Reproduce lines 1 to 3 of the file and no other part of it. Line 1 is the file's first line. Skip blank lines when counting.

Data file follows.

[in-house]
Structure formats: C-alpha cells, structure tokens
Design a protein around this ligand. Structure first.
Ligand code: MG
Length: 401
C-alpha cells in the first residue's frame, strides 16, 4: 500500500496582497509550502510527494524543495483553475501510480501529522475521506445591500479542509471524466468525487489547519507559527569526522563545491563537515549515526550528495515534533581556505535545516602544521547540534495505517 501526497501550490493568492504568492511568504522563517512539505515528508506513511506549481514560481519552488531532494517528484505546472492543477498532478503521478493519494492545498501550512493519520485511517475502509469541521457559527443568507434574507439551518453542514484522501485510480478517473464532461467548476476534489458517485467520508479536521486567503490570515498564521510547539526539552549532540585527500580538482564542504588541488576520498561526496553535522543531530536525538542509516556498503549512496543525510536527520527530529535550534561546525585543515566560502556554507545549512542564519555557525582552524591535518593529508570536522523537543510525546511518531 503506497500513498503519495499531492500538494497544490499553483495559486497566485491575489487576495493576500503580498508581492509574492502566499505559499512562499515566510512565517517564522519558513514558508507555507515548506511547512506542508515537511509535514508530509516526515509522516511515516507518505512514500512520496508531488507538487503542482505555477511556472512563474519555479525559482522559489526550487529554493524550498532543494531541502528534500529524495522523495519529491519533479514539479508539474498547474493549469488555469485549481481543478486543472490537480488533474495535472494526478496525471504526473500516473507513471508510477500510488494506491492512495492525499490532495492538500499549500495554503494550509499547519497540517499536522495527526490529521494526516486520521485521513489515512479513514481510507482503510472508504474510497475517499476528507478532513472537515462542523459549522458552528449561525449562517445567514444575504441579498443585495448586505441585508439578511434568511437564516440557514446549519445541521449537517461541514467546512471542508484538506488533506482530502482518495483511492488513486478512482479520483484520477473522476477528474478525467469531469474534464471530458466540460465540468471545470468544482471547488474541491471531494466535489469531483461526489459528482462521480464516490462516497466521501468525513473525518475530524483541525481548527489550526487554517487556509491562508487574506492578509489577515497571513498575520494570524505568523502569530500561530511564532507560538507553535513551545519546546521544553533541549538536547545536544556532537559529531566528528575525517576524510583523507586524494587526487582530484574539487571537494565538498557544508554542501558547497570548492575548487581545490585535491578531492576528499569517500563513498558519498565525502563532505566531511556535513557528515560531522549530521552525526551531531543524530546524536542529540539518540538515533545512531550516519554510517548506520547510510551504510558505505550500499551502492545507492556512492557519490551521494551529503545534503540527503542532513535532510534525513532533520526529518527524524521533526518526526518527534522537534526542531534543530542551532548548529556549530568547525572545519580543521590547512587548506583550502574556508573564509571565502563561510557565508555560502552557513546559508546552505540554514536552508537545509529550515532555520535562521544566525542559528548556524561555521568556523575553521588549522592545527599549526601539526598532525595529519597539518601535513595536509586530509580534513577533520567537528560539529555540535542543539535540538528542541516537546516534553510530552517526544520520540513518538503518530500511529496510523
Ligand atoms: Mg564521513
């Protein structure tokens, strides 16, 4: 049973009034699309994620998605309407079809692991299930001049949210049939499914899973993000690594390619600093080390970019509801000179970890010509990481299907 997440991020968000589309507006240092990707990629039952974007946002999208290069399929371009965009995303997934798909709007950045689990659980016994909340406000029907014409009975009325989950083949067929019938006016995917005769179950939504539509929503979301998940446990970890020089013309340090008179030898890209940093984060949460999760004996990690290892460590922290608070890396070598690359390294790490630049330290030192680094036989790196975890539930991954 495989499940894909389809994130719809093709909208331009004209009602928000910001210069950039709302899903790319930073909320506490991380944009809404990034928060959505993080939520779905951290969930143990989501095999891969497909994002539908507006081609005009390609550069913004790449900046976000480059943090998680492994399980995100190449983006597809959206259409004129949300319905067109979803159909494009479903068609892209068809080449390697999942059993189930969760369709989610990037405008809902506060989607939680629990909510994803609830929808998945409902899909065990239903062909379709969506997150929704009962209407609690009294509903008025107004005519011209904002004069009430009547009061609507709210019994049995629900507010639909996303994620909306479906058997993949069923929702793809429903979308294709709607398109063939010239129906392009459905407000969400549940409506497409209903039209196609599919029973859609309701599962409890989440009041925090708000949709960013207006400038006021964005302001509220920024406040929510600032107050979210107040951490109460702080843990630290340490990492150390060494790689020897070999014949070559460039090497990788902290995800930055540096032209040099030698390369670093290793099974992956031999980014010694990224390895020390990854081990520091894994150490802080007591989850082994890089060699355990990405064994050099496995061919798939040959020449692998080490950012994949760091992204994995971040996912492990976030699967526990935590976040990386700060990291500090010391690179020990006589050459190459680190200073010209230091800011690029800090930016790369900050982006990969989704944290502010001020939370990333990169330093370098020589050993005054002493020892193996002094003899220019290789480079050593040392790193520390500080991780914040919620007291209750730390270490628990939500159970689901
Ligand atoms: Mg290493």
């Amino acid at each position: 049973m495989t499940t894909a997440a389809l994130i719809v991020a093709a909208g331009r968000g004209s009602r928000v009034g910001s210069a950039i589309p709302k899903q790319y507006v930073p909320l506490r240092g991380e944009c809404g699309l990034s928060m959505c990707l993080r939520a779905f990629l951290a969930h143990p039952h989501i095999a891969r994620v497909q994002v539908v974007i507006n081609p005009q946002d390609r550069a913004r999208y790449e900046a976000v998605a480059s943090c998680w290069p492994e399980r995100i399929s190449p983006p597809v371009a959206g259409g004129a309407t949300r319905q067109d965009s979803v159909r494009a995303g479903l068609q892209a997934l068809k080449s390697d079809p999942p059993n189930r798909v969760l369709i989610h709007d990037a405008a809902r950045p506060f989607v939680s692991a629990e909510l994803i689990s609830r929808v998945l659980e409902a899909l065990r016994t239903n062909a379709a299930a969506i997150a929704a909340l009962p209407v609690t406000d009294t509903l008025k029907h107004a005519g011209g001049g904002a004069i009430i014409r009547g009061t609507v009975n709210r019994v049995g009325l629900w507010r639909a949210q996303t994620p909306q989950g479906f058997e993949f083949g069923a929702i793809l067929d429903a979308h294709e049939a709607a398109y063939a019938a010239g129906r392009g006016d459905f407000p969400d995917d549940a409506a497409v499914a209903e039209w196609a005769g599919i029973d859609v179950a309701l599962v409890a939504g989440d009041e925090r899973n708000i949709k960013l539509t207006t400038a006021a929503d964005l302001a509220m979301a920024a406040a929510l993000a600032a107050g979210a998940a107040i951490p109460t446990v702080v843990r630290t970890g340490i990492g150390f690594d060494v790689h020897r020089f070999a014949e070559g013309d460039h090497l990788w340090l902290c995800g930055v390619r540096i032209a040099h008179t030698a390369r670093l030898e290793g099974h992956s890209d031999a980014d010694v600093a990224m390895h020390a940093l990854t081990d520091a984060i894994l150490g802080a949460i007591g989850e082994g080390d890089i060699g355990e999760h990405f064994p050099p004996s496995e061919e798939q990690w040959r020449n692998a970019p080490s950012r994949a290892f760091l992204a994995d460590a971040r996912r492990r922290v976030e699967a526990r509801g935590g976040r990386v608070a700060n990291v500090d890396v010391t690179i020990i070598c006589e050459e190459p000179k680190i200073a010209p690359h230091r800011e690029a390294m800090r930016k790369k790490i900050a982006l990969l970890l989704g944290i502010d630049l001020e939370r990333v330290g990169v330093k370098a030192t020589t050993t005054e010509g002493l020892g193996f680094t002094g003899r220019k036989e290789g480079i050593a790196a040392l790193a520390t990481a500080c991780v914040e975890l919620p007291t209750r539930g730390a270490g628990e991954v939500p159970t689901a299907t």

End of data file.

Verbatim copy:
[in-house]
Structure formats: C-alpha cells, structure tokens
Design a protein around this ligand. Structure first.